Please note that the deadline for submissions to the 2015 Conference has been extended to March 1 (midnight PDT).

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The Third Annual Conference on Advances in Cognitive Systems will take place May 28-31, 2015, at Georgia Institute of Technology in Atlanta, Georgia, USA. The main conference will be held on May 29-31 and related workshops including the student workshop and a workshop on Goal Reasoning will be held on May 28. An independent workshop on Computational Models of Narrative will be co-located with the Advances in Cognitive Systems conference.

The goal of the Conference is to bring together researchers with interest in building cognitive systems that are distinguished by a focus on high-level cognition and decision making, reliance on rich, structured representations, a systems-level perspective, use of heuristics to handle complexity, and incorporation of insights about human thinking. The meeting provides a venue for dissemination of research results pertaining to the original, yet unanswered, questions of Artificial Intelligence: to produce computational artifacts that reproduce a broad range of human cognitive abilities.

The Conference welcomes work on any topic related to the representation or organization of complex knowledge structures, their use in multi-step cognition, or their acquisition from experience or instruction. Some functional capabilities that arise in this context include, but are not limited to:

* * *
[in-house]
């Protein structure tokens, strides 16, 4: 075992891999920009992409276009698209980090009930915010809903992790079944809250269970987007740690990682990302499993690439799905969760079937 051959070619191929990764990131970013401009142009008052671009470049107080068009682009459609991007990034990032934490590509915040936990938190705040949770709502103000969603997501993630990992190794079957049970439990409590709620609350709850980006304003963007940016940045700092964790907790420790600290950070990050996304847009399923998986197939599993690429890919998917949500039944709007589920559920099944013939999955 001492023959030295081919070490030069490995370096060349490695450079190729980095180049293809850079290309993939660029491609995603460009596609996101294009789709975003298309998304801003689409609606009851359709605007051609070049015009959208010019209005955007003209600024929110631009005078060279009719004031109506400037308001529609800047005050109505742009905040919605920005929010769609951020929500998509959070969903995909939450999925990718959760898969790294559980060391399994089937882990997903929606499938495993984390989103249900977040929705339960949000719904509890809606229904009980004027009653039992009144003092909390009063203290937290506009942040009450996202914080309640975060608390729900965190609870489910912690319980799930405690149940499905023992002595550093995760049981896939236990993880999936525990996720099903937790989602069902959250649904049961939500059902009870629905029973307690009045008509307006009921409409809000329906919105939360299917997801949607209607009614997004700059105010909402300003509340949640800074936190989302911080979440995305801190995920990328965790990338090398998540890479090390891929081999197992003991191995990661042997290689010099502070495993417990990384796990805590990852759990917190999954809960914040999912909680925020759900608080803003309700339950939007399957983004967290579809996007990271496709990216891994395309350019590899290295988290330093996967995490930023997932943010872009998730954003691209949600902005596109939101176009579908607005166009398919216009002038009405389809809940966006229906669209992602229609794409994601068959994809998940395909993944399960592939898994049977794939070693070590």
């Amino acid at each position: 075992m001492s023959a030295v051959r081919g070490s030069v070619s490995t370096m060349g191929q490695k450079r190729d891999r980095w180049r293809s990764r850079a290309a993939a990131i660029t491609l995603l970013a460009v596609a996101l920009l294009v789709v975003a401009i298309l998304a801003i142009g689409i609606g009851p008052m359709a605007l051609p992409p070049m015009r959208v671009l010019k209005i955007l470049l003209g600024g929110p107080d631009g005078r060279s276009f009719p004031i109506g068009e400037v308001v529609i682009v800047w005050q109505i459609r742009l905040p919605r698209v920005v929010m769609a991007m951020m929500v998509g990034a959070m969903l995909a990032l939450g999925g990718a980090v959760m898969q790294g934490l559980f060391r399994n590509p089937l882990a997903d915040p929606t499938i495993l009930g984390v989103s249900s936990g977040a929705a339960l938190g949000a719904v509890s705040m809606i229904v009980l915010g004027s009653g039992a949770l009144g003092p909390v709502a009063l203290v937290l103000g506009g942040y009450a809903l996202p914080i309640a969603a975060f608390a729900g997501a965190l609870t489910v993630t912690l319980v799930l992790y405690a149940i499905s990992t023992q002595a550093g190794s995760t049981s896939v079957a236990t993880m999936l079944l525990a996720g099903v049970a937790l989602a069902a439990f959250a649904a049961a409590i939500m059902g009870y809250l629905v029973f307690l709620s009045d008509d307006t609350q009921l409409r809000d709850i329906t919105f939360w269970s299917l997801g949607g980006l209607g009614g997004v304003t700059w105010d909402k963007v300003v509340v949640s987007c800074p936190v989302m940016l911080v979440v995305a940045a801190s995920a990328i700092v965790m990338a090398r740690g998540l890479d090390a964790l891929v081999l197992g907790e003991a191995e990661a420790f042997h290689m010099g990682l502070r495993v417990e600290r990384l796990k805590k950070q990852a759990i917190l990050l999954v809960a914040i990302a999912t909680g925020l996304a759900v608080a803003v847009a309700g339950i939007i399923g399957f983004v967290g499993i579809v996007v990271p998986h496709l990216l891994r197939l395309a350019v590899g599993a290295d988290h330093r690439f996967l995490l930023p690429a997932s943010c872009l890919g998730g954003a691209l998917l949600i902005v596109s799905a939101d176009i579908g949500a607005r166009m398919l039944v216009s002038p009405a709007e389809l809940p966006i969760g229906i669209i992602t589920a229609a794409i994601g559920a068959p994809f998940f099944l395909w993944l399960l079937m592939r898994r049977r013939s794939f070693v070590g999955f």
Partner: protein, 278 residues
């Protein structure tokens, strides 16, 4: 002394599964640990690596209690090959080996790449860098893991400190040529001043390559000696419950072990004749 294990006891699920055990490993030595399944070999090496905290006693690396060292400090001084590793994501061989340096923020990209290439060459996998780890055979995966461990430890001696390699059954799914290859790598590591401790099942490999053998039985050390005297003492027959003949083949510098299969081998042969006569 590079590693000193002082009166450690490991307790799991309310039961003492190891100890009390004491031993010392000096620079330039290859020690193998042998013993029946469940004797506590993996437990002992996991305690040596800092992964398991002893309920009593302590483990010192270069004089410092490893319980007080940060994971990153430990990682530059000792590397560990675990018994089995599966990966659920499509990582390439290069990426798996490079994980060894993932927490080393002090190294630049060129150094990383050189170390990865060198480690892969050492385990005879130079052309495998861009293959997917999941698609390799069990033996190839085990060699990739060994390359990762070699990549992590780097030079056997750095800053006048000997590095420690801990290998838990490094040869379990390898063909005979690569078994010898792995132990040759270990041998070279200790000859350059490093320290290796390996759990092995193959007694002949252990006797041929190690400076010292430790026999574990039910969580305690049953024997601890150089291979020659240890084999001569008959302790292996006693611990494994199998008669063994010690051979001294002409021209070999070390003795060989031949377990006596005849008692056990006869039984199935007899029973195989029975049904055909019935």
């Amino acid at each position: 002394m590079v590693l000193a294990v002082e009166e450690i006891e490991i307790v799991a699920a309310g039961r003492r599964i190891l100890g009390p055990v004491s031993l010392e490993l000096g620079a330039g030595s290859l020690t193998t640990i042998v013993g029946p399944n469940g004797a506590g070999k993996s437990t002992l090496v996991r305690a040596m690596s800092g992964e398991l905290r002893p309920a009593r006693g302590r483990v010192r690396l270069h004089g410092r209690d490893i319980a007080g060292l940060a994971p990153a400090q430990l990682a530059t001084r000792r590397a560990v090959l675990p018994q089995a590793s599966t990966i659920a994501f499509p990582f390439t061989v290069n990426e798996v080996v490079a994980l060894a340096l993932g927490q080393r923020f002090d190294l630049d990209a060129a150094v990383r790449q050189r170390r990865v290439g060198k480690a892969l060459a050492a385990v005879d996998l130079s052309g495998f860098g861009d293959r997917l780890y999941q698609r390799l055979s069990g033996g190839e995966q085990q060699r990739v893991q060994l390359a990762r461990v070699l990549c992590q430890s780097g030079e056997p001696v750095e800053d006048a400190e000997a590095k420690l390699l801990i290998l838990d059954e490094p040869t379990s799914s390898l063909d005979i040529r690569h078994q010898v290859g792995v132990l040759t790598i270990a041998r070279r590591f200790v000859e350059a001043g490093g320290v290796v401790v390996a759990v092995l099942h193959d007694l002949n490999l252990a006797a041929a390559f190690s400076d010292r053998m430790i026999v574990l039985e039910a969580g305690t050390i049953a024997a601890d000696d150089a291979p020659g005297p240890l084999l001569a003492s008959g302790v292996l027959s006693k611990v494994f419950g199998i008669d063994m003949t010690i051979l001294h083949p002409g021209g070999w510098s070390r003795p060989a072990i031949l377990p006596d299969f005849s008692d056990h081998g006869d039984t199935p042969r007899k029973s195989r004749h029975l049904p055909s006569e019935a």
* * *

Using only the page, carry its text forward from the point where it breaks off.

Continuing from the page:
We especially encourage participation from researchers working in these and other areas who are interested in complex cognition, human-level intelligence, and related topics.

Paper Submission, Review, and Publication

Submissions can be a maximum of 16 pages in length. All submissions should be formatted according to instructions provided at, which provides Latex and Word templates.

A subset of papers accepted for oral presentation at the conference may also be invited to appear in the online journal, Advances in Cognitive Systems. All submissions to the main conference should be through EasyChair (

Each submission should state explicitly the problem or capability it addresses, describe its response to this problem, make claims about this approach, and provide evidence in support of these claims. Every paper should also discuss related efforts, examine limitations of the reported work, and outline plans for future research.

Because the conference aims to encourage research toward a broader understanding of intelligence, its criteria for determining contributions will differ from those of other conferences. Progress may take many forms, including demonstrating new functionality, integrating different facets of intelligence, presenting a novel approach to an established problem, explaining complex cognition in humans, and formally analyzing a difficult new task. We also welcome submissions on new problems or testbeds that challenge existing approaches.

Each submission will be assigned to multiple referees who will evaluate the paper for its contribution to understanding cognitive systems, clarity of claims about this contribution, convincing evidence in support of those claims, and cogent presentation of its ideas to readers. We encourage authors to examine the review form before drafting their manuscripts to ensure that their submissions address all of the dimensions on which reviewers will evaluate them.

The conference aims to be as inclusive as possible while still fostering innovative research on the computational nature of intelligence. The conference FAQ page ( attempts to clarify the scope of the event. Authors who have questions about whether their research is appropriate for the meeting should contact the Program Co-Chairs, Ashok Goel ( and Mark Riedl (, for additional information.

Important Dates

General Chairs

Local Chair

Organizing Committee

Program Committee


National Science Foundation


Microsoft Research


Georgia Tech GVU Center

Georgia Tech GVU Center

Georgia Institute of Technology

Georgia Institute of Technology